In the cinema boom of the 1940s and 1950s, admissions in the UK were regularly over one billion a year; however, after rising significantly from the mid-1980s, cinema figures have remained fairly stagnant since 2002. There are a number of reasons why fewer people visit the cinema today and here we look at four of the contributing factors.
Taking the whole family to the cinema is not cheap, particularly if you add in extras such as 3D and IMAX films. This can mean that visiting the cinema is saved for special occasions. You also need to think about the inflated prices at the concession outlets, which can be considerably higher than you would pay in retail outlets. Some cinemas are even providing more exclusive experiences to try to make it more than just an average film night, with additions such as sofas, alcoholic drinks and dinner.
Choice of films
We can generally see a correlation between the number of cinema admissions in a year and the choice of films that were released; in years with a higher number of blockbusters, the admissions also increased. 2002, for example, saw a peak in UK cinema visits with 175 million – this was also the year of Spider Man; Star Wars: Episode II – Attack of the Clones; The Lord of the Rings: The Two Towers; and Harry Potter and the Chamber of Secrets. In 2014, this dropped to 157 million, when the only two really big films were The Hunger Games: Mockingjay – Part 1 and Guardians of the Galaxy. Other releases did not perform as well as expected.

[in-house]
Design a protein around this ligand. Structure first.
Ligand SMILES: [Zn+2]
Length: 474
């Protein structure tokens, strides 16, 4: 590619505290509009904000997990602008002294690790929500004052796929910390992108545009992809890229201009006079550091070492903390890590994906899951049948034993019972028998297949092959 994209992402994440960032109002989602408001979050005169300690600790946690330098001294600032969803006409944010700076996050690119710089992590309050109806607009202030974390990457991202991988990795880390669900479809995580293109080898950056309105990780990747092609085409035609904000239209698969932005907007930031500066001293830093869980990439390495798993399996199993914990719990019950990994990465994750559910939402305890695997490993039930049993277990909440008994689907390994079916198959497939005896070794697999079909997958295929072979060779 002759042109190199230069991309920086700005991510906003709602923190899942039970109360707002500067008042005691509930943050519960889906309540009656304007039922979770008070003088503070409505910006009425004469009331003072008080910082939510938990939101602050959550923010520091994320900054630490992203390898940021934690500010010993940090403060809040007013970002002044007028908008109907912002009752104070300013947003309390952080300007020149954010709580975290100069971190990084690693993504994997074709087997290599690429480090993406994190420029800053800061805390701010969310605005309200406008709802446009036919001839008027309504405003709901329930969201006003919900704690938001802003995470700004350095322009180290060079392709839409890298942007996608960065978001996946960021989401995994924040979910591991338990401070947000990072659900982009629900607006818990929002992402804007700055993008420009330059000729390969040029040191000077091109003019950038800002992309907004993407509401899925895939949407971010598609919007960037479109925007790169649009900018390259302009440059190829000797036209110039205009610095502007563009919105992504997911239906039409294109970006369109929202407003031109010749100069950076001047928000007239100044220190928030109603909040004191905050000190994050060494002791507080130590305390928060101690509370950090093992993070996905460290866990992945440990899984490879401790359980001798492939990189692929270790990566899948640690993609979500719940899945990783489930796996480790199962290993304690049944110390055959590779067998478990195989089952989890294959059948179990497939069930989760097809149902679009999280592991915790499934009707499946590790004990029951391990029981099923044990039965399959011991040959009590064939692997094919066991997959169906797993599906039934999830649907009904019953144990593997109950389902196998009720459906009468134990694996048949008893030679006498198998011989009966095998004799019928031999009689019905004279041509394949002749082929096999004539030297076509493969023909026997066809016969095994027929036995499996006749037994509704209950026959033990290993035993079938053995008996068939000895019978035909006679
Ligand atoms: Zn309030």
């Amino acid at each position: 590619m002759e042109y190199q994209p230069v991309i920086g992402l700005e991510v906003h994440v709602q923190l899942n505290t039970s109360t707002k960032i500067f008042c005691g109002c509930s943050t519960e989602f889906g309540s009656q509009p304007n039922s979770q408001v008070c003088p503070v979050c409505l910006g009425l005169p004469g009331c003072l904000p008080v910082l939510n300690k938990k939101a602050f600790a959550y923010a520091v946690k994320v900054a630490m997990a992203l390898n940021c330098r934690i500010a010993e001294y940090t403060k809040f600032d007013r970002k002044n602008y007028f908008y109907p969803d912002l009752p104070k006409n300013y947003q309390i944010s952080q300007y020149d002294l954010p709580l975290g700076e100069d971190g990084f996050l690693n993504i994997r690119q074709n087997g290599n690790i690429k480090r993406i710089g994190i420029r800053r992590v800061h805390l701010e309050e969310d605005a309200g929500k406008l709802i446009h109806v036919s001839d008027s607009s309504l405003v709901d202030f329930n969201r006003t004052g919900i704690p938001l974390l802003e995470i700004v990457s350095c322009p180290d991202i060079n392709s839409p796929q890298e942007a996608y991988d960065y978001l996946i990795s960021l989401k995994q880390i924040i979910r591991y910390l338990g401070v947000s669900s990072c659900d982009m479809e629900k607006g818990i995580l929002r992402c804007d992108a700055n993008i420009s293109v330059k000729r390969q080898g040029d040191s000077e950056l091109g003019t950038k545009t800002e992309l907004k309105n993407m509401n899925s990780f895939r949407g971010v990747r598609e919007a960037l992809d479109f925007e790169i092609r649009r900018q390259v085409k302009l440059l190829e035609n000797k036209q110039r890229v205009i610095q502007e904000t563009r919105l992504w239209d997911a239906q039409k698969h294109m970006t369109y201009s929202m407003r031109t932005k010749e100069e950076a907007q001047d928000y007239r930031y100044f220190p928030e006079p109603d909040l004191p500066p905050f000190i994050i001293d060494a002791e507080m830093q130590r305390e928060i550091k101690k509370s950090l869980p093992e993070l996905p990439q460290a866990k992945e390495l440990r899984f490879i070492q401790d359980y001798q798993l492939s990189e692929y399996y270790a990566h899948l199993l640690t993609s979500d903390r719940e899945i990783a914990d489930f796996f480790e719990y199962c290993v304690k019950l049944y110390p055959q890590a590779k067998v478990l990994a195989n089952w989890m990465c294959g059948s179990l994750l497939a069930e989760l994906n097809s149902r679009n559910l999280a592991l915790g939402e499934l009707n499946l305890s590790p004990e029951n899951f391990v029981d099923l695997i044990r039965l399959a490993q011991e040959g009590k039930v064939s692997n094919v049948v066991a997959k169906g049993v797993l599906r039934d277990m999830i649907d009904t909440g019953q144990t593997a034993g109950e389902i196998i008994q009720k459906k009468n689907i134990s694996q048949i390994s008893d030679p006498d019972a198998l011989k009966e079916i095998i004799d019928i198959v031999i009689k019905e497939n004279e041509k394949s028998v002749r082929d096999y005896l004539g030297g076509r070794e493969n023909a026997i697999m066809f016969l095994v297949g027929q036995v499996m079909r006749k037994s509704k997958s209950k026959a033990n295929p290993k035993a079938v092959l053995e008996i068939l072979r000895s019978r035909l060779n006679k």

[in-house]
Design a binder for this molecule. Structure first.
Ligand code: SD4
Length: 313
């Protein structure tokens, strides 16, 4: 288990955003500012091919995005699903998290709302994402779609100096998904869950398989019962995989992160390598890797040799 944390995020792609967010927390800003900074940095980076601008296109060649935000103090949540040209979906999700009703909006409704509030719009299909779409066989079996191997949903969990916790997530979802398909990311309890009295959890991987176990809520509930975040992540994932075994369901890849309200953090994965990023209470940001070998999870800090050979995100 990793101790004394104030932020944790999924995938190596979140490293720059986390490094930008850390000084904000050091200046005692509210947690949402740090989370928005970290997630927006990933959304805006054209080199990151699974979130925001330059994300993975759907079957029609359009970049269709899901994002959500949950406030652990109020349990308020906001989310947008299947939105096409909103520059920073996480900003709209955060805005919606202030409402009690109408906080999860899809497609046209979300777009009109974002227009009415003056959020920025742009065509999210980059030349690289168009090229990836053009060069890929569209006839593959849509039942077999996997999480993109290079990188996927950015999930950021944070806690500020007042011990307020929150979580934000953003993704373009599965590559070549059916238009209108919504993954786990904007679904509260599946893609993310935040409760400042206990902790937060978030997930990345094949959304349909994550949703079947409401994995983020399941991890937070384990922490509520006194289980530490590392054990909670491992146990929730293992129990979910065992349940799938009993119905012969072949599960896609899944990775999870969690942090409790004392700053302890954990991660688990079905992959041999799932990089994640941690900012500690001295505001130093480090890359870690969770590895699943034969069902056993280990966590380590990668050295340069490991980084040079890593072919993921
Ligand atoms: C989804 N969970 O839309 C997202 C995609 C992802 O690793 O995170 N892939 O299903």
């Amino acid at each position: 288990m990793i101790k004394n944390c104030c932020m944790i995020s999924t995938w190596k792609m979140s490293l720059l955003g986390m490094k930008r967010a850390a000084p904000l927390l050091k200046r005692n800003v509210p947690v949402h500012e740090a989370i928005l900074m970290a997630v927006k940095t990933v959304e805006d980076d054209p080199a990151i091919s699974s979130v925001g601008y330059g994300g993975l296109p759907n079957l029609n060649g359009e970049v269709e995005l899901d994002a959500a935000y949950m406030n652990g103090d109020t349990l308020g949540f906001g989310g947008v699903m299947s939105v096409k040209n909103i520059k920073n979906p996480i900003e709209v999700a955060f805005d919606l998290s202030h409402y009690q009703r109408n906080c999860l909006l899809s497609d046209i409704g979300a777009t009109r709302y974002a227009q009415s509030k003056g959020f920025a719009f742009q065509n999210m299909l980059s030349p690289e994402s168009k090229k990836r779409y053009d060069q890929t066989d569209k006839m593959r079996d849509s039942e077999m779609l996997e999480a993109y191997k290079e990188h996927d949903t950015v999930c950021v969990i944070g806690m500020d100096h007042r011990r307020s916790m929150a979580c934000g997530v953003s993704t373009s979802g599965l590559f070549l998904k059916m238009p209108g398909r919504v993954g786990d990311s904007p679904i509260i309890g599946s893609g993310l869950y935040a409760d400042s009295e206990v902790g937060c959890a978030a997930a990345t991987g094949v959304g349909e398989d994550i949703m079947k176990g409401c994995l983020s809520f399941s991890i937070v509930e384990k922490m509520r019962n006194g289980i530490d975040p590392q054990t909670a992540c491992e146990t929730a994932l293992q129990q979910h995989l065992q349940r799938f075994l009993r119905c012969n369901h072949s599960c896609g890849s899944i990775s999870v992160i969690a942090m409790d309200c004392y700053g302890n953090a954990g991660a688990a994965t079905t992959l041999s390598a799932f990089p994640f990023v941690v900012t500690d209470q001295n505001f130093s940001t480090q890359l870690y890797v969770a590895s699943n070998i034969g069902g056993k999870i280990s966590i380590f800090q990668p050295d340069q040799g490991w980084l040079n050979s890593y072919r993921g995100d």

In the past, TV programmes were not always of the highest quality; however, producers are now putting more resources into these and maintaining higher viewing figures. This means that consumers are deciding to invest more in their at-home provision, such as high-spec televisions and using companies that offer Tewkesbury TV aerial repair and in other locations, such as http://steveunettaerials.co.uk/services/tv-aerials-repair-and-installation-tewkesbury/, to ensure they get a good and reliable signal.
At-home streaming services can offer better value for money than one trip to the cinema and provide the option to watch the latest films, often not that far behind the cinema release. Viewers can also choose subscription-based services that provide original programmes, which often have cult followings.